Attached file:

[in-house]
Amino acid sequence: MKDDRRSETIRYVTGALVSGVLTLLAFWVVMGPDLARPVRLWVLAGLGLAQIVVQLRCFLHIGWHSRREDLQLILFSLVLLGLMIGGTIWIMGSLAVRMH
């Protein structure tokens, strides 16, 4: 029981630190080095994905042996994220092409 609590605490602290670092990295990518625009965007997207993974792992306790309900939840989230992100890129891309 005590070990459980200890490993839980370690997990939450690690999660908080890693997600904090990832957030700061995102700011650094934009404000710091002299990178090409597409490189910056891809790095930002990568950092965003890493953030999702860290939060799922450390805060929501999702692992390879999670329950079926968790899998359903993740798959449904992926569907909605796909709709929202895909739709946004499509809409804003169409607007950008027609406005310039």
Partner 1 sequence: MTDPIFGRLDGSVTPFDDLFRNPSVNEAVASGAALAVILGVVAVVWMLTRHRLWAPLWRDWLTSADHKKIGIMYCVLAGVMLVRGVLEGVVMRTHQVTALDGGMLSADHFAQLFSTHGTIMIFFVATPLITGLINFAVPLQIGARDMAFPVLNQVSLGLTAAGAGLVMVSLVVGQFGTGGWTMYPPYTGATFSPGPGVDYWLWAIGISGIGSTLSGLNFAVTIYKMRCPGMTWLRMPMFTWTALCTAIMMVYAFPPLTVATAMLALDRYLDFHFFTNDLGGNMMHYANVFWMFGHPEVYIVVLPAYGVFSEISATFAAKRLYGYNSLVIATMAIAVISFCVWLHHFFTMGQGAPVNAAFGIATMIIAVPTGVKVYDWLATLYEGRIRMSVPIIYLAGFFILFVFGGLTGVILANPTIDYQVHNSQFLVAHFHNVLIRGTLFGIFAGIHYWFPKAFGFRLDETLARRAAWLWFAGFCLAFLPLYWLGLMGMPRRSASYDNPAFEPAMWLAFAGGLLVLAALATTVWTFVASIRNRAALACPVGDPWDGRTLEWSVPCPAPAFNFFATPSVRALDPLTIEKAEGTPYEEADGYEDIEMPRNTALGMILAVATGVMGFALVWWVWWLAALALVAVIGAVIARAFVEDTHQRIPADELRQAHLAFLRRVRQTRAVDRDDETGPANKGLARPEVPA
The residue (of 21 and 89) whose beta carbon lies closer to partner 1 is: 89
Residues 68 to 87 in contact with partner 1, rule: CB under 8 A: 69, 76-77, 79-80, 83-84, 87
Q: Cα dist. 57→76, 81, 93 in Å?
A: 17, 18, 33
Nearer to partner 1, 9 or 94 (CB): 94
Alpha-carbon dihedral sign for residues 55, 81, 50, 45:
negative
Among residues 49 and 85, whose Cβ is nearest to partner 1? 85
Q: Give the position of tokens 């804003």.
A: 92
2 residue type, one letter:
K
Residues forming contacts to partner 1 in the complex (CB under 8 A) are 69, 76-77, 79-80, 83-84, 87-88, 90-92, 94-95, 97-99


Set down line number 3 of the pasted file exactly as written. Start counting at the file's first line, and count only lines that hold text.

């Protein structure tokens, strides 16, 4: 029981630190080095994905042996994220092409 609590605490602290670092990295990518625009965007997207993974792992306790309900939840989230992100890129891309 005590070990459980200890490993839980370690997990939450690690999660908080890693997600904090990832957030700061995102700011650094934009404000710091002299990178090409597409490189910056891809790095930002990568950092965003890493953030999702860290939060799922450390805060929501999702692992390879999670329950079926968790899998359903993740798959449904992926569907909605796909709709929202895909739709946004499509809409804003169409607007950008027609406005310039």